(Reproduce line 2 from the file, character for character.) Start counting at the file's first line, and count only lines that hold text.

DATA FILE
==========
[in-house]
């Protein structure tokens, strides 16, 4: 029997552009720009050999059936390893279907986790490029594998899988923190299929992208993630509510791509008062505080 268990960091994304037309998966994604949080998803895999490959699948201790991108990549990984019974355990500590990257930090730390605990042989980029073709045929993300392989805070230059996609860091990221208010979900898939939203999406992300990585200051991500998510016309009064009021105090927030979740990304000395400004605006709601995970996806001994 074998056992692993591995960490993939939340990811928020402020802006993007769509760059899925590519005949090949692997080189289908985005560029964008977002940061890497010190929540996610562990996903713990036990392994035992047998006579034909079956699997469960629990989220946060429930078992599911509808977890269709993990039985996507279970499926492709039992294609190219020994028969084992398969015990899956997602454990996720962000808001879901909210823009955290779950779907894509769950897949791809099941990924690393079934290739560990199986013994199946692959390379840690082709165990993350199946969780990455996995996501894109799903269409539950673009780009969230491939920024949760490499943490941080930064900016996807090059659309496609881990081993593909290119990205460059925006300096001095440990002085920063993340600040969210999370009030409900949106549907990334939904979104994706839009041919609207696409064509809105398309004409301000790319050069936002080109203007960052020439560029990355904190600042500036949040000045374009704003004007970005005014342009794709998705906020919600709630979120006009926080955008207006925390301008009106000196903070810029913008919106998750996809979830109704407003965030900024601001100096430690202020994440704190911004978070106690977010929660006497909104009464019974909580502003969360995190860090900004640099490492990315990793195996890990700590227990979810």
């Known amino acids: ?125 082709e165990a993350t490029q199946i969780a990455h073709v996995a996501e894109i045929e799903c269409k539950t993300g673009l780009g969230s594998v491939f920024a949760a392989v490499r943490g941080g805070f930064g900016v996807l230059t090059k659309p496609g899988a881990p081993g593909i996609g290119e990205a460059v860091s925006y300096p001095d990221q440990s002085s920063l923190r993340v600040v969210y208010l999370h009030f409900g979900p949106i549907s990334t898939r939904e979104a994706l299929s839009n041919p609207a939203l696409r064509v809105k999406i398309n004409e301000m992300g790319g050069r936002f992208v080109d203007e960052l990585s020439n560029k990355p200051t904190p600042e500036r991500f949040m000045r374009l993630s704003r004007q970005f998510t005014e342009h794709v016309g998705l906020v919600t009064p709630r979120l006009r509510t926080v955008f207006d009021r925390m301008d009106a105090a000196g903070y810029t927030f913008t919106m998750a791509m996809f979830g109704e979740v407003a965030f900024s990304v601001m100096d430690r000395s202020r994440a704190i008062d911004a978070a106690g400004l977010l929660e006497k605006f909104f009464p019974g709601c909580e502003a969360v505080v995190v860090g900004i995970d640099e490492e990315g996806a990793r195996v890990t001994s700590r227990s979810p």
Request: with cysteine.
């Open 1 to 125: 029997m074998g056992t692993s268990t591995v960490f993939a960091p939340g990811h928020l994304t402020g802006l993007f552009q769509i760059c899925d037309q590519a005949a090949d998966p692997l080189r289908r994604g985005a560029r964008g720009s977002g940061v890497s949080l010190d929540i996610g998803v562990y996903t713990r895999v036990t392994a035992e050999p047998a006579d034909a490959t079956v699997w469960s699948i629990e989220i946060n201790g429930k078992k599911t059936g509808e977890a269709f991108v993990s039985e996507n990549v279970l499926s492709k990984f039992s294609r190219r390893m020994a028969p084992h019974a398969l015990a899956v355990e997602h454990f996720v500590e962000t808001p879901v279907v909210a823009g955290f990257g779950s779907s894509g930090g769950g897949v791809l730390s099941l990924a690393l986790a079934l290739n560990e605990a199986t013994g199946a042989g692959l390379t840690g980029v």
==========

């Protein structure tokens, strides 16, 4: 029997552009720009050999059936390893279907986790490029594998899988923190299929992208993630509510791509008062505080 268990960091994304037309998966994604949080998803895999490959699948201790991108990549990984019974355990500590990257930090730390605990042989980029073709045929993300392989805070230059996609860091990221208010979900898939939203999406992300990585200051991500998510016309009064009021105090927030979740990304000395400004605006709601995970996806001994 074998056992692993591995960490993939939340990811928020402020802006993007769509760059899925590519005949090949692997080189289908985005560029964008977002940061890497010190929540996610562990996903713990036990392994035992047998006579034909079956699997469960629990989220946060429930078992599911509808977890269709993990039985996507279970499926492709039992294609190219020994028969084992398969015990899956997602454990996720962000808001879901909210823009955290779950779907894509769950897949791809099941990924690393079934290739560990199986013994199946692959390379840690082709165990993350199946969780990455996995996501894109799903269409539950673009780009969230491939920024949760490499943490941080930064900016996807090059659309496609881990081993593909290119990205460059925006300096001095440990002085920063993340600040969210999370009030409900949106549907990334939904979104994706839009041919609207696409064509809105398309004409301000790319050069936002080109203007960052020439560029990355904190600042500036949040000045374009704003004007970005005014342009794709998705906020919600709630979120006009926080955008207006925390301008009106000196903070810029913008919106998750996809979830109704407003965030900024601001100096430690202020994440704190911004978070106690977010929660006497909104009464019974909580502003969360995190860090900004640099490492990315990793195996890990700590227990979810």